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Compendium June 2011 (Vol 33, No 6)

Clinical Snapshot: Abdominal Distention in a Dog

by Christina M. Bove, DVM

    Case Presentation

    A 13-year-old, male, neutered golden retriever mix presented in the evening with a distended, painful abdomen. The dog had a 2-day history of lethargy and had vomited once the evening before evaluation. On the morning of the day of presentation, the dog had been inappetent and the abdomen had started to distend. The abdominal swelling became progressively worse during the day, and the dog had not wanted to get up that evening. The medical history included arthritis, which had been treated on an as-needed basis with an NSAID. The dog had not received this medication recently. Physical examination revealed pyrexia (105.3°F [40.7°C]; normal range: 100.5°F to 102.5°F [38.1°C to 39.2°C]), pale mucous membranes with a prolonged capillary refill time of 2.5 seconds, moderately increased respiratory effort and tachypnea (respiratory rate: 40 breaths/min;normal range: 15 to 30 breaths/min), and an auscultable cardiac arrhythmia (heart rate: 140 bpm;normal range: 60 to 120 bpm) that consisted of a regular rhythm with short periods of tachycardia, with fair synchronous pulses. The patient was laterally recumbent with a severely distended abdomen and appeared depressed and uncomfortable.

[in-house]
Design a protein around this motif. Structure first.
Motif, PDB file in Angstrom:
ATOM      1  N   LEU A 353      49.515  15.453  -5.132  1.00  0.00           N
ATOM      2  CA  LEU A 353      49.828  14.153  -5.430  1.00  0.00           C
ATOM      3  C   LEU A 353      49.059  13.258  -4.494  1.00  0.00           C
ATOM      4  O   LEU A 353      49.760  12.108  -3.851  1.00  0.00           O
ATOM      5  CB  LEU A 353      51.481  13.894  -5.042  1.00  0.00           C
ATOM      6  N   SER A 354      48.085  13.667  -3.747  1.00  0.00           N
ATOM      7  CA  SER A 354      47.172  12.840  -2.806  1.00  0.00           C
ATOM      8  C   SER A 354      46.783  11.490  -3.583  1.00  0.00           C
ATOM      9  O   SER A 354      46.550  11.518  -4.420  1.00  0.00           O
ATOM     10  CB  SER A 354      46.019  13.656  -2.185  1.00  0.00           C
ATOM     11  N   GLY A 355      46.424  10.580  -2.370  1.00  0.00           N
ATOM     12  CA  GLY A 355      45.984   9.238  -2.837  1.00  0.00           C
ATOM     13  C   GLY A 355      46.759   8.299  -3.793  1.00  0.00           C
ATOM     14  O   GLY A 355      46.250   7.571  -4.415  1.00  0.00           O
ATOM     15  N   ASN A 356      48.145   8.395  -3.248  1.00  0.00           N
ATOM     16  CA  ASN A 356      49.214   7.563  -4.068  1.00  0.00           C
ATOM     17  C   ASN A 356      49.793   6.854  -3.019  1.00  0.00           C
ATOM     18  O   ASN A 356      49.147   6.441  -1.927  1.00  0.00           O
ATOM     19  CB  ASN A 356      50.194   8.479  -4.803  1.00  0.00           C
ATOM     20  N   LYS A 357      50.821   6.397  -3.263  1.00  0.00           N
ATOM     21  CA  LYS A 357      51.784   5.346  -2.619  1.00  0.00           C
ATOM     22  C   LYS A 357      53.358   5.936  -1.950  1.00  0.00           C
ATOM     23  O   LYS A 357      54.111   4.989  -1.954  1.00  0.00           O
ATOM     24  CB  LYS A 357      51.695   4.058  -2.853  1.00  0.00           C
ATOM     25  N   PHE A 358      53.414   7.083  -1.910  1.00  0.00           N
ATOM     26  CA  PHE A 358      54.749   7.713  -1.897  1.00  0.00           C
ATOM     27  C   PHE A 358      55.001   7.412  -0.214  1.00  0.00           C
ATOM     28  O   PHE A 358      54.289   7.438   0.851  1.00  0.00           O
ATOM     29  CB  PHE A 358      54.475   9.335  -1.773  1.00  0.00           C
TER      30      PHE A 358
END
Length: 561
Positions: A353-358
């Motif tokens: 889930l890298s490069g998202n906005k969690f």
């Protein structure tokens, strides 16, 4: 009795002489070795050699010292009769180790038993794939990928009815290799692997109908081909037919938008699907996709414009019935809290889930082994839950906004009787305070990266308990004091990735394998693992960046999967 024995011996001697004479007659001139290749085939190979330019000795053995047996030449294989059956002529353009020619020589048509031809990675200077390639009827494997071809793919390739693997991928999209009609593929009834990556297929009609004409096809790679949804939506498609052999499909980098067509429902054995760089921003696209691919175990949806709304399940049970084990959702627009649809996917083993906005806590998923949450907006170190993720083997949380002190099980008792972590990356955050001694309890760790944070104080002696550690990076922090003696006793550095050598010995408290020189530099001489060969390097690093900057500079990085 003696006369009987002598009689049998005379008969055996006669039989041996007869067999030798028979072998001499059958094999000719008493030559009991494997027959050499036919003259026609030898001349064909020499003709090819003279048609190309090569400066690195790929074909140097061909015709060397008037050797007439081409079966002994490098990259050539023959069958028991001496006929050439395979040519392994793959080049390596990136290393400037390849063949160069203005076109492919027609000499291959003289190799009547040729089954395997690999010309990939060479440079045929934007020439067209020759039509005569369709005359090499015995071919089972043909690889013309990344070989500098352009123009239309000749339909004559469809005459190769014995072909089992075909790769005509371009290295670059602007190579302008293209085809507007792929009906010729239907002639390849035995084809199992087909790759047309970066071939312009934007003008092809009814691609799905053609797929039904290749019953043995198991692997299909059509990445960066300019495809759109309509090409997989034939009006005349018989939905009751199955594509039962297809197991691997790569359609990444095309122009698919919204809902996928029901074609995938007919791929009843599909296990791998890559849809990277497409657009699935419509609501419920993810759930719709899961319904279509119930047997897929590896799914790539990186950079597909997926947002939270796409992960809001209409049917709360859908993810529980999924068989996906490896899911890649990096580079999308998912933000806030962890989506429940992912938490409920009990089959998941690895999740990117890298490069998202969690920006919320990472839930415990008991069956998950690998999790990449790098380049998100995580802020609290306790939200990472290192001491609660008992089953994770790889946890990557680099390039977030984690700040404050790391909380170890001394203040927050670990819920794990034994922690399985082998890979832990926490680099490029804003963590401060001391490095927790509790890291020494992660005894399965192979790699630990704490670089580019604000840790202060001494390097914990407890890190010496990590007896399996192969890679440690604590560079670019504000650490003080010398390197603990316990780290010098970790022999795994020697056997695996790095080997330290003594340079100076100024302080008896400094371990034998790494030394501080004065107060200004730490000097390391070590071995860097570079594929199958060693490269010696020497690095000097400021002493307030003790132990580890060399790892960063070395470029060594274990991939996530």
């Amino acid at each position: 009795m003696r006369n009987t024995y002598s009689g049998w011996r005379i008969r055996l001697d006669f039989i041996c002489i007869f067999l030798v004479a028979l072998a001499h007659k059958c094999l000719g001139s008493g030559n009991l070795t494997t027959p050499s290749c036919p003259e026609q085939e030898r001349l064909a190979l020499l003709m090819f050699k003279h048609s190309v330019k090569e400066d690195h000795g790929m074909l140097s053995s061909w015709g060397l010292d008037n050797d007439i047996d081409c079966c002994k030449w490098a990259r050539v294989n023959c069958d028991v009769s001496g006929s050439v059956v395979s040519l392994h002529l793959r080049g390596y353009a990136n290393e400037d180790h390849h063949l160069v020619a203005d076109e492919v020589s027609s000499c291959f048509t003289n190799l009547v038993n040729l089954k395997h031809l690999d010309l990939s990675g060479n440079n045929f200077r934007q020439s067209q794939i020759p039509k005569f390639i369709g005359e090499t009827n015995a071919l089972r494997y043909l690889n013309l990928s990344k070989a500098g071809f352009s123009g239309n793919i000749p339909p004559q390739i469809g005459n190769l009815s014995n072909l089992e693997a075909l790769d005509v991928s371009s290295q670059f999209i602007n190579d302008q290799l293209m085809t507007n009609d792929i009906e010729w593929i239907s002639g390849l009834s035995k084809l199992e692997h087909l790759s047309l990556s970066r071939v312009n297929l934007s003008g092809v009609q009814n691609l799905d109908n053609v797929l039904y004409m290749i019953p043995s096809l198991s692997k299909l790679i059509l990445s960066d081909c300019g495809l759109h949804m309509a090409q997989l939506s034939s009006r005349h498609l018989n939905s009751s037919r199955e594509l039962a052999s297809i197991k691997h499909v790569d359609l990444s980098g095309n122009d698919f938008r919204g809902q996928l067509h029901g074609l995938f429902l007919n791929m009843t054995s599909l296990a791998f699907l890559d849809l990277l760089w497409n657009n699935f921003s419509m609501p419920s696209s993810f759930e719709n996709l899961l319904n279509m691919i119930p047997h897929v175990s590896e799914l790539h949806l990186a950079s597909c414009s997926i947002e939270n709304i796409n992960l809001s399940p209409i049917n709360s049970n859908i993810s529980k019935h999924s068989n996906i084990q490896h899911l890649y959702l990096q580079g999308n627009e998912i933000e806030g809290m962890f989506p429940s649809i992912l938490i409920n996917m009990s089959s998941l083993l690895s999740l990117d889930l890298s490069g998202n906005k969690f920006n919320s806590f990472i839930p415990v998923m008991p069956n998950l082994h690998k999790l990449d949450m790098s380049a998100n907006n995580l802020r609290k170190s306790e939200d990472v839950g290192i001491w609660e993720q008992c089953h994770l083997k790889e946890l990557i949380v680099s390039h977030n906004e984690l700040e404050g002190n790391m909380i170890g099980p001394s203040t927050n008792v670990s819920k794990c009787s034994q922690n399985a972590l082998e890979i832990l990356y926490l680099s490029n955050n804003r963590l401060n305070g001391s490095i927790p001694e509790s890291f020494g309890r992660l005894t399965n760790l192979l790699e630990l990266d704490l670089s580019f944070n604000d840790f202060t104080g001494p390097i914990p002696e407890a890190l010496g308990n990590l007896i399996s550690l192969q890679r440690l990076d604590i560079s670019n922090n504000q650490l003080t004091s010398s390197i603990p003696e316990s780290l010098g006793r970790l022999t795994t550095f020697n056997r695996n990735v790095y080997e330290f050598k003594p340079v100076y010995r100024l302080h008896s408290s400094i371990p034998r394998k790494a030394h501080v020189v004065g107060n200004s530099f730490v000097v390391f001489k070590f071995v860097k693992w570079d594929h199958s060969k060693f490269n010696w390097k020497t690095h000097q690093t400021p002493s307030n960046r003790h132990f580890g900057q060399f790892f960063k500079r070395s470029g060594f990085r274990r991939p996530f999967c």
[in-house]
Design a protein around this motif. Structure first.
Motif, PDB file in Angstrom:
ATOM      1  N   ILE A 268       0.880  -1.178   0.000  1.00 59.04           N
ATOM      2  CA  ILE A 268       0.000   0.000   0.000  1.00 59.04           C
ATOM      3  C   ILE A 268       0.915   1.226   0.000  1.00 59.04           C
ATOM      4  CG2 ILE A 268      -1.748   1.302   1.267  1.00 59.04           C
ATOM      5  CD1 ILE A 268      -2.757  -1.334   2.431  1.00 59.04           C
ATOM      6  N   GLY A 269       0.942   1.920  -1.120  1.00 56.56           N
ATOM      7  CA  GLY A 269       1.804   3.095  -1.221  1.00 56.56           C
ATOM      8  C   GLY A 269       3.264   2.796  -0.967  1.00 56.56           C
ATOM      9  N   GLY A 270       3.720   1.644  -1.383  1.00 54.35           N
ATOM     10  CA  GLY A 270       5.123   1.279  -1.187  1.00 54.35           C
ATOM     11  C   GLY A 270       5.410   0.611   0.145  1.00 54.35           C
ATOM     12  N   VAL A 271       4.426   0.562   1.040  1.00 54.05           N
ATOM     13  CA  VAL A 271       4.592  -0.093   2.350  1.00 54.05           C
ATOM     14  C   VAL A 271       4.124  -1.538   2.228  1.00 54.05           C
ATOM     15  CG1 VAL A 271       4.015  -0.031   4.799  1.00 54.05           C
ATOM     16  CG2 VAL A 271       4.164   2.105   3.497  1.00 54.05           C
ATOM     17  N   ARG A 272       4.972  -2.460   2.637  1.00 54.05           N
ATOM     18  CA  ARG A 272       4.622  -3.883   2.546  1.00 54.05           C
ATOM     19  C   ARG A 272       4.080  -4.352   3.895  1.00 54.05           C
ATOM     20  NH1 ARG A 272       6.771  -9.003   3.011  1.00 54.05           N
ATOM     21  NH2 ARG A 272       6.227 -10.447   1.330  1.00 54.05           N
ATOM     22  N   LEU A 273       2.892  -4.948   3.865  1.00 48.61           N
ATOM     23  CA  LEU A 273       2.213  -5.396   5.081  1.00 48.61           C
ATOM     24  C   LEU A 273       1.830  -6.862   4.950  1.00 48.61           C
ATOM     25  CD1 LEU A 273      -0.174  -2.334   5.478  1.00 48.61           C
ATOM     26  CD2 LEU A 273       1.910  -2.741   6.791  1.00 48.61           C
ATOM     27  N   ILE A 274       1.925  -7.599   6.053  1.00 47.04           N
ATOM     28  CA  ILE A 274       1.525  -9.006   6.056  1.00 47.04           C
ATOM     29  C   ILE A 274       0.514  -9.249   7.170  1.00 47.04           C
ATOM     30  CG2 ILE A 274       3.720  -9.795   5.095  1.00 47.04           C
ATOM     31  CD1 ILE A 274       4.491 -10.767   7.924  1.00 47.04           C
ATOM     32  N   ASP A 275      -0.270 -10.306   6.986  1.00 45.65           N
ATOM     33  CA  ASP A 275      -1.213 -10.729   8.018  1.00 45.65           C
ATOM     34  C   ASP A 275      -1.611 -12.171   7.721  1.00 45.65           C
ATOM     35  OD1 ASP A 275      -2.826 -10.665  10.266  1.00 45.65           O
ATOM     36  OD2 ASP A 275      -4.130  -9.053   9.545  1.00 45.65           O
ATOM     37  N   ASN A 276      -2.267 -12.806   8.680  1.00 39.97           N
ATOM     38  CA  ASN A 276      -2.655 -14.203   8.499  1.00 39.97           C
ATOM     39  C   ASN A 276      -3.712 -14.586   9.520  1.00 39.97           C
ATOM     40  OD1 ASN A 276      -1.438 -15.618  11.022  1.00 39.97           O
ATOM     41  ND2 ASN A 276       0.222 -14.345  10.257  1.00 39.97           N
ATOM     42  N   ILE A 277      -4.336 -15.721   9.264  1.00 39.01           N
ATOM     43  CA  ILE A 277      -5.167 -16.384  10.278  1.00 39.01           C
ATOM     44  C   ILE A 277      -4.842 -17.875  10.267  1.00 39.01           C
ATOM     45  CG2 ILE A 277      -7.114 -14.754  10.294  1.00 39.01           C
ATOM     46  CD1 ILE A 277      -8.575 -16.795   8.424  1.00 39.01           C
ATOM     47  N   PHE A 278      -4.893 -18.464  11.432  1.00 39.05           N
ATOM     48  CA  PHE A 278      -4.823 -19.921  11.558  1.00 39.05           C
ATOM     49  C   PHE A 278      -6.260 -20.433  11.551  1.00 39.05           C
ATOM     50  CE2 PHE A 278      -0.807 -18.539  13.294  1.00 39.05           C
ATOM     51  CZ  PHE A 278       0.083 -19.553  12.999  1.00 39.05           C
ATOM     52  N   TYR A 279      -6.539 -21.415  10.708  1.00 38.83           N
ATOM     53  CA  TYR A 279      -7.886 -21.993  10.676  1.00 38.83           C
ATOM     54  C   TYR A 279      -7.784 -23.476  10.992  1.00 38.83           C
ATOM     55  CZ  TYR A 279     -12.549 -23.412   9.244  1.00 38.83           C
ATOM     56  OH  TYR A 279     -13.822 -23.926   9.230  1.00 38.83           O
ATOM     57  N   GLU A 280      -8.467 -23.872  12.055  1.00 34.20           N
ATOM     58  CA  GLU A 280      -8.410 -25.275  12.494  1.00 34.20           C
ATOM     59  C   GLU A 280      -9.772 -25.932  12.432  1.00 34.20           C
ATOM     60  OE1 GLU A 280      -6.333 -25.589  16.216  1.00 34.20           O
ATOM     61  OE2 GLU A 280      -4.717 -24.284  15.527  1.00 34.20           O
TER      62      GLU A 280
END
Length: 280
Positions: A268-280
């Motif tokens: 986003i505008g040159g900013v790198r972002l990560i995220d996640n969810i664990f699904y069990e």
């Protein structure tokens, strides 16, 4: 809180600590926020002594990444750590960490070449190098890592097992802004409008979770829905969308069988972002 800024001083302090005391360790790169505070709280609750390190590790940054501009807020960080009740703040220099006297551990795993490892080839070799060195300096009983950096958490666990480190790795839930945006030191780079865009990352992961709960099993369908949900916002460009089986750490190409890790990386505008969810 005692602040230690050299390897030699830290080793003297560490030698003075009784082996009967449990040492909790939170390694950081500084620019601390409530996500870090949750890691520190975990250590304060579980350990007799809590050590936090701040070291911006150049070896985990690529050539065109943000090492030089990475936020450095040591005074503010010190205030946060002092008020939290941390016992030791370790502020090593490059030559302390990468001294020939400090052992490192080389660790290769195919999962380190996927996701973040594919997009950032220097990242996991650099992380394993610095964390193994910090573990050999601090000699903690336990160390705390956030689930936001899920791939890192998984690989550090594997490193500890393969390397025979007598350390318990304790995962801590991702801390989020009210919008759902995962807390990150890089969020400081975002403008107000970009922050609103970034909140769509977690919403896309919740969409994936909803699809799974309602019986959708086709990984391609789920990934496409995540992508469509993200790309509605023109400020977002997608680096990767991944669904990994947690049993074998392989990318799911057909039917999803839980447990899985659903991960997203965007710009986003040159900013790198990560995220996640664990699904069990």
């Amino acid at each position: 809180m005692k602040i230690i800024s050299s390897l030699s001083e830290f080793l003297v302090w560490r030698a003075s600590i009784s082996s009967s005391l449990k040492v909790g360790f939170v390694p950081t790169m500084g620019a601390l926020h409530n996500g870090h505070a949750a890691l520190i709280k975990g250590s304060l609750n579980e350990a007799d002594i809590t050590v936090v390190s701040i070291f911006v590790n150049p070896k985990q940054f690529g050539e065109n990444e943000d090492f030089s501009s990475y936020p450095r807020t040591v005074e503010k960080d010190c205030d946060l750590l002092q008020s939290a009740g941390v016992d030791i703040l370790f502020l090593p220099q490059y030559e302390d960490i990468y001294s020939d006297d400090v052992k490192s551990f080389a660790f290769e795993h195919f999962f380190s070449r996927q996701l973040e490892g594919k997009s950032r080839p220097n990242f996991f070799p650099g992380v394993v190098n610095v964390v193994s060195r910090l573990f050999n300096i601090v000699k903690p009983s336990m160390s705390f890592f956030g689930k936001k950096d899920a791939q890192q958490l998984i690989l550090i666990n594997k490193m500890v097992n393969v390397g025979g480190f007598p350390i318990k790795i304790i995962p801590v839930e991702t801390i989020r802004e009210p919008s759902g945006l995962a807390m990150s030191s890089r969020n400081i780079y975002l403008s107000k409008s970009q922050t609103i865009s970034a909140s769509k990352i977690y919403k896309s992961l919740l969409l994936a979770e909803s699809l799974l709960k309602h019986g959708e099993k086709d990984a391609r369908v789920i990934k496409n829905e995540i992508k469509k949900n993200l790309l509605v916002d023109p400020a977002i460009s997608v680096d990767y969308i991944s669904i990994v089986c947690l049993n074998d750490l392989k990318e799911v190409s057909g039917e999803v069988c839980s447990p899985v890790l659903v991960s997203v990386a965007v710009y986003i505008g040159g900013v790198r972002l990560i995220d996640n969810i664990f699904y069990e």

1. Given the history and clinical signs, what are the major diagnostic differentials?

    2. A right lateral abdominal radiograph was obtained (FIGURE A). What abnormalities are seen? What is your diagnosis?

    3. What are the major causes of this condition?

    Answers and Explanations

    1. The major diagnostic differentials for the distended abdomen in this dog were gastric dilatation–volvulus, hemoabdomen, a ruptured gastrointestinal tract causing pneumoperitoneum, uroperitoneum, and ascites due to right-sided heart failure, hepatic failure, or protein-losing nephropathy/enteropathy.

    2. Abdominal radiography revealed severe pneumoperitoneum (FIGURE B). The abdominal side of the diaphragm (straight arrows), cranial margin of the liver (curved arrows), and cranial pole of one of the kidneys (arrowhead), as well as the serosal margins of all the abdominal viscera, are visible. The stomach is small and not overly distended. The large amount of gas is consistent with rupture of a large hollow viscus such as the stomach. Pneumoperitoneum is defined as the presence of gas or air in the peritoneal cavity that is not contained in a hollow viscus.1 It usually suggests serious intraabdominal disease, and immediate surgical intervention is often needed.2

    Pneumoperitoneum can generally be diagnosed on lateral and dorsoventral radiographs if there is a substantial amount of gas present, as in this case.1,3 Postural or positional radiography may be needed for diagnosis when there is only a small amount of air.3,4 This is because on conventional radiographs taken with a vertically directed x-ray beam, air bubbles are small and irregular in shape, and larger bubbles can be superimposed over viscera.3 Pneumoperitoneum with a small amount of air is best seen using horizontal-beam radiography in combination with nonstandard patient positioning, such as recumbent left lateral and inverted lateral projections.1,3,4 When a horizontally directed x-ray beam is used, the patient is best positioned on an angle between left lateral and ventrodorsal recumbency, with the cranial portion of the abdomen slightly elevated from the table.3 This allows the gas to rise along the right side of the abdominal wall to the highest point, which is usually caudal to the diaphragm and adjacent to the liver lobes.3,4 Right lateral recumbency is not recommended because gas bubbles will rise to the left side and may be confused with gas in the gastric fundus.3